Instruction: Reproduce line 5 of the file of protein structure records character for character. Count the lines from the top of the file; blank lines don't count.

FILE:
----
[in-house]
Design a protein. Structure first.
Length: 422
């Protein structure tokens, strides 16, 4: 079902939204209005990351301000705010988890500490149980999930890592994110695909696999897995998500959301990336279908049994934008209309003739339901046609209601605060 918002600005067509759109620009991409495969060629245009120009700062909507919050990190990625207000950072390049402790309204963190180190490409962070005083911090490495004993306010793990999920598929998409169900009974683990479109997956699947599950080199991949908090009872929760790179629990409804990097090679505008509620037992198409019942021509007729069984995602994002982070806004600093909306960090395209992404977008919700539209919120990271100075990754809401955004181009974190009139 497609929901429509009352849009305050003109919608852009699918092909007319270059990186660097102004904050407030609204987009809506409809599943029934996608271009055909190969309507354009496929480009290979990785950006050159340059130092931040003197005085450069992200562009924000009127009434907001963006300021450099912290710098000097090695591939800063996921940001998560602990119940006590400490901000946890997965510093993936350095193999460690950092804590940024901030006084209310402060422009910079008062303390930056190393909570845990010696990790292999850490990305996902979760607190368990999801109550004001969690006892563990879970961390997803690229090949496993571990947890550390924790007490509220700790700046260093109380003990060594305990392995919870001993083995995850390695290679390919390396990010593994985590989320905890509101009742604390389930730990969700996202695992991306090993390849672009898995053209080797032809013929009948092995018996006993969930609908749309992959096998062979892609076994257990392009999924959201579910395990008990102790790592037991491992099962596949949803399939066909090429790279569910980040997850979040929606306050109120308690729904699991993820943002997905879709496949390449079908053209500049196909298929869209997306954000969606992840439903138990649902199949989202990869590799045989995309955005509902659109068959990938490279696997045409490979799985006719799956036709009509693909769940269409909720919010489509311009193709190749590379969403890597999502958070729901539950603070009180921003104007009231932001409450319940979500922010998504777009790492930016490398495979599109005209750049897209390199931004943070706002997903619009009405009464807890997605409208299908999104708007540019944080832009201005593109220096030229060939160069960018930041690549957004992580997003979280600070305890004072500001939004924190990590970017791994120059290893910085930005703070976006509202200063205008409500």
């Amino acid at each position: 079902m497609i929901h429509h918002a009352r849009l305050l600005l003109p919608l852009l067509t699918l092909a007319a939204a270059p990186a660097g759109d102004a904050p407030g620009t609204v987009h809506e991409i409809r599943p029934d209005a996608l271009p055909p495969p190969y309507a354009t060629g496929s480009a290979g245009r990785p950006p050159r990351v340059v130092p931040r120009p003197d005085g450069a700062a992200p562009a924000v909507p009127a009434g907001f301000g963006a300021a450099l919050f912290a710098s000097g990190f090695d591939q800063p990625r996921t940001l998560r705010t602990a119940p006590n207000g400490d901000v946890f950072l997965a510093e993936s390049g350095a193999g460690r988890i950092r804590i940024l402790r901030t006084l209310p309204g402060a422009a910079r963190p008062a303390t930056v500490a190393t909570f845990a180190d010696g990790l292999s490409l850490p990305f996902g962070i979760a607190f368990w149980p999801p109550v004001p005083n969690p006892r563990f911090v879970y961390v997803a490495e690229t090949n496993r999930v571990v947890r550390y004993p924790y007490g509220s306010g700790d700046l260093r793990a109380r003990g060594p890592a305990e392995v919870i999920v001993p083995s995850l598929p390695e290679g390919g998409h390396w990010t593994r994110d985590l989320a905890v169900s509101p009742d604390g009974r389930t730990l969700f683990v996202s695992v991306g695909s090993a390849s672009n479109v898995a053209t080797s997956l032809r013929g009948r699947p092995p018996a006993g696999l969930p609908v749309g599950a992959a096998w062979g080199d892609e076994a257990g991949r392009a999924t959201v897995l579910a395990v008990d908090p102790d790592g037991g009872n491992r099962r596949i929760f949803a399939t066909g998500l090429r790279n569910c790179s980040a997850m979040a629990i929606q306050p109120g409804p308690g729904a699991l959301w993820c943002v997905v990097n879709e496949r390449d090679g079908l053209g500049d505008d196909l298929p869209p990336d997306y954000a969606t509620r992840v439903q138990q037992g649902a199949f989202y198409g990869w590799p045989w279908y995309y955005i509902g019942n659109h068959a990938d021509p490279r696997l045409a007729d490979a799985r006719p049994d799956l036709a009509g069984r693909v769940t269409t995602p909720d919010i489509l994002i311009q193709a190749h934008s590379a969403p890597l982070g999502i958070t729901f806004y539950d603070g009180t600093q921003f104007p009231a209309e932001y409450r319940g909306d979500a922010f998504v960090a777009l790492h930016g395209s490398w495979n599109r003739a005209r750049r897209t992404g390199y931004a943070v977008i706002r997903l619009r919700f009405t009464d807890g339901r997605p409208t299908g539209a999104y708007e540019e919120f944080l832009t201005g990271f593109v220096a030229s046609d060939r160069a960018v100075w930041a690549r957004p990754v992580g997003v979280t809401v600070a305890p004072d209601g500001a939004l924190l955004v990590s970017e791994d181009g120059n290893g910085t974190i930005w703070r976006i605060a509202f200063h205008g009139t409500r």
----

């Amino acid at each position: 079902m497609i929901h429509h918002a009352r849009l305050l600005l003109p919608l852009l067509t699918l092909a007319a939204a270059p990186a660097g759109d102004a904050p407030g620009t609204v987009h809506e991409i409809r599943p029934d209005a996608l271009p055909p495969p190969y309507a354009t060629g496929s480009a290979g245009r990785p950006p050159r990351v340059v130092p931040r120009p003197d005085g450069a700062a992200p562009a924000v909507p009127a009434g907001f301000g963006a300021a450099l919050f912290a710098s000097g990190f090695d591939q800063p990625r996921t940001l998560r705010t602990a119940p006590n207000g400490d901000v946890f950072l997965a510093e993936s390049g350095a193999g460690r988890i950092r804590i940024l402790r901030t006084l209310p309204g402060a422009a910079r963190p008062a303390t930056v500490a190393t909570f845990a180190d010696g990790l292999s490409l850490p990305f996902g962070i979760a607190f368990w149980p999801p109550v004001p005083n969690p006892r563990f911090v879970y961390v997803a490495e690229t090949n496993r999930v571990v947890r550390y004993p924790y007490g509220s306010g700790d700046l260093r793990a109380r003990g060594p890592a305990e392995v919870i999920v001993p083995s995850l598929p390695e290679g390919g998409h390396w990010t593994r994110d985590l989320a905890v169900s509101p009742d604390g009974r389930t730990l969700f683990v996202s695992v991306g695909s090993a390849s672009n479109v898995a053209t080797s997956l032809r013929g009948r699947p092995p018996a006993g696999l969930p609908v749309g599950a992959a096998w062979g080199d892609e076994a257990g991949r392009a999924t959201v897995l579910a395990v008990d908090p102790d790592g037991g009872n491992r099962r596949i929760f949803a399939t066909g998500l090429r790279n569910c790179s980040a997850m979040a629990i929606q306050p109120g409804p308690g729904a699991l959301w993820c943002v997905v990097n879709e496949r390449d090679g079908l053209g500049d505008d196909l298929p869209p990336d997306y954000a969606t509620r992840v439903q138990q037992g649902a199949f989202y198409g990869w590799p045989w279908y995309y955005i509902g019942n659109h068959a990938d021509p490279r696997l045409a007729d490979a799985r006719p049994d799956l036709a009509g069984r693909v769940t269409t995602p909720d919010i489509l994002i311009q193709a190749h934008s590379a969403p890597l982070g999502i958070t729901f806004y539950d603070g009180t600093q921003f104007p009231a209309e932001y409450r319940g909306d979500a922010f998504v960090a777009l790492h930016g395209s490398w495979n599109r003739a005209r750049r897209t992404g390199y931004a943070v977008i706002r997903l619009r919700f009405t009464d807890g339901r997605p409208t299908g539209a999104y708007e540019e919120f944080l832009t201005g990271f593109v220096a030229s046609d060939r160069a960018v100075w930041a690549r957004p990754v992580g997003v979280t809401v600070a305890p004072d209601g500001a939004l924190l955004v990590s970017e791994d181009g120059n290893g910085t974190i930005w703070r976006i605060a509202f200063h205008g009139t409500r």